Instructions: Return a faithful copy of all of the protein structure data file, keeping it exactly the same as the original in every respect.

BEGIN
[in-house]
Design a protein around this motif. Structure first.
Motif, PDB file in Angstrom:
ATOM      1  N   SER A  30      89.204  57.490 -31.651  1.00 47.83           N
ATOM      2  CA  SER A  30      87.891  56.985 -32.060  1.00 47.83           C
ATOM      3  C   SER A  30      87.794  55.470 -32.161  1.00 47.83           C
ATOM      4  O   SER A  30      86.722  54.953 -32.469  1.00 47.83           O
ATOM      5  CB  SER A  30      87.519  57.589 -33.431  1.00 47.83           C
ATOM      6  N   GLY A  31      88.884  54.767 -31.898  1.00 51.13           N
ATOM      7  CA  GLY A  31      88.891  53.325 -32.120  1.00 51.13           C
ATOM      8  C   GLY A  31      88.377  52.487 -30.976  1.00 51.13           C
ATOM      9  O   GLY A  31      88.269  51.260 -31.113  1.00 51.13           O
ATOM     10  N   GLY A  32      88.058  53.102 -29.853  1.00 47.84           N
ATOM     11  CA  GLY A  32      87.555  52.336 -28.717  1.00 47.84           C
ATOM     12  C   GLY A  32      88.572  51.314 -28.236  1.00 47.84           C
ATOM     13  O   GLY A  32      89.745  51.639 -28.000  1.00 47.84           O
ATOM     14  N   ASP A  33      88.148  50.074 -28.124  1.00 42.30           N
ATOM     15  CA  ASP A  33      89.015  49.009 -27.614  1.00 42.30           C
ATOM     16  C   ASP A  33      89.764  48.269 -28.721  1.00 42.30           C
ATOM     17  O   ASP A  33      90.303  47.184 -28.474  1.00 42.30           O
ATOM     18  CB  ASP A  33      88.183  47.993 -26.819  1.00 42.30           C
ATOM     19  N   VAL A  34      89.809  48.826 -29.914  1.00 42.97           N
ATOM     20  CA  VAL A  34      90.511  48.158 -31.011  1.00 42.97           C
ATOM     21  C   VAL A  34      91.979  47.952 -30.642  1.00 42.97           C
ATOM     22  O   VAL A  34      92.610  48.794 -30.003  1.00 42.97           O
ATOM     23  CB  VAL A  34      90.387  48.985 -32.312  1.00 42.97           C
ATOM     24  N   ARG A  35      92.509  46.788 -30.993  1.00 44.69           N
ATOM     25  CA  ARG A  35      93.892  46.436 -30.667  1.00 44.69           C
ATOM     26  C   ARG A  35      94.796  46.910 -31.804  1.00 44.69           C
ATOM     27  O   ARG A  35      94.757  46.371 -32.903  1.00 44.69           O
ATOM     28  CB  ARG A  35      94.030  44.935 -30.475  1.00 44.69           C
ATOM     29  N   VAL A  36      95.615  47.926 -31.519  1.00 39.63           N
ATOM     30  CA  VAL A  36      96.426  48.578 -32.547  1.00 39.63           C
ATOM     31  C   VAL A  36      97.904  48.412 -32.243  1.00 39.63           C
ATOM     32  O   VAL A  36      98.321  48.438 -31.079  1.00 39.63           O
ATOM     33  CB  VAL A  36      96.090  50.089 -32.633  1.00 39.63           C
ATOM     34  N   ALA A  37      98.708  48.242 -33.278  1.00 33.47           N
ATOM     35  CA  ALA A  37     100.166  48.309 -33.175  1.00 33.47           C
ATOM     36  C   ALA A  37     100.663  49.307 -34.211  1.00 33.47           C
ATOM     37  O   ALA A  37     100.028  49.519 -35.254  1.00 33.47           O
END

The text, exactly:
[in-house]
Design a protein around this motif. Structure first.
Motif, PDB file in Angstrom:
ATOM      1  N   SER A  30      89.204  57.490 -31.651  1.00 47.83           N
ATOM      2  CA  SER A  30      87.891  56.985 -32.060  1.00 47.83           C
ATOM      3  C   SER A  30      87.794  55.470 -32.161  1.00 47.83           C
ATOM      4  O   SER A  30      86.722  54.953 -32.469  1.00 47.83           O
ATOM      5  CB  SER A  30      87.519  57.589 -33.431  1.00 47.83           C
ATOM      6  N   GLY A  31      88.884  54.767 -31.898  1.00 51.13           N
ATOM      7  CA  GLY A  31      88.891  53.325 -32.120  1.00 51.13           C
ATOM      8  C   GLY A  31      88.377  52.487 -30.976  1.00 51.13           C
ATOM      9  O   GLY A  31      88.269  51.260 -31.113  1.00 51.13           O
ATOM     10  N   GLY A  32      88.058  53.102 -29.853  1.00 47.84           N
ATOM     11  CA  GLY A  32      87.555  52.336 -28.717  1.00 47.84           C
ATOM     12  C   GLY A  32      88.572  51.314 -28.236  1.00 47.84           C
ATOM     13  O   GLY A  32      89.745  51.639 -28.000  1.00 47.84           O
ATOM     14  N   ASP A  33      88.148  50.074 -28.124  1.00 42.30           N
ATOM     15  CA  ASP A  33      89.015  49.009 -27.614  1.00 42.30           C
ATOM     16  C   ASP A  33      89.764  48.269 -28.721  1.00 42.30           C
ATOM     17  O   ASP A  33      90.303  47.184 -28.474  1.00 42.30           O
ATOM     18  CB  ASP A  33      88.183  47.993 -26.819  1.00 42.30           C
ATOM     19  N   VAL A  34      89.809  48.826 -29.914  1.00 42.97           N
ATOM     20  CA  VAL A  34      90.511  48.158 -31.011  1.00 42.97           C
ATOM     21  C   VAL A  34      91.979  47.952 -30.642  1.00 42.97           C
ATOM     22  O   VAL A  34      92.610  48.794 -30.003  1.00 42.97           O
ATOM     23  CB  VAL A  34      90.387  48.985 -32.312  1.00 42.97           C
ATOM     24  N   ARG A  35      92.509  46.788 -30.993  1.00 44.69           N
ATOM     25  CA  ARG A  35      93.892  46.436 -30.667  1.00 44.69           C
ATOM     26  C   ARG A  35      94.796  46.910 -31.804  1.00 44.69           C
ATOM     27  O   ARG A  35      94.757  46.371 -32.903  1.00 44.69           O
ATOM     28  CB  ARG A  35      94.030  44.935 -30.475  1.00 44.69           C
ATOM     29  N   VAL A  36      95.615  47.926 -31.519  1.00 39.63           N
ATOM     30  CA  VAL A  36      96.426  48.578 -32.547  1.00 39.63           C
ATOM     31  C   VAL A  36      97.904  48.412 -32.243  1.00 39.63           C
ATOM     32  O   VAL A  36      98.321  48.438 -31.079  1.00 39.63           O
ATOM     33  CB  VAL A  36      96.090  50.089 -32.633  1.00 39.63           C
ATOM     34  N   ALA A  37      98.708  48.242 -33.278  1.00 33.47           N
ATOM     35  CA  ALA A  37     100.166  48.309 -33.175  1.00 33.47           C
ATOM     36  C   ALA A  37     100.663  49.307 -34.211  1.00 33.47           C
ATOM     37  O   ALA A  37     100.028  49.519 -35.254  1.00 33.47           O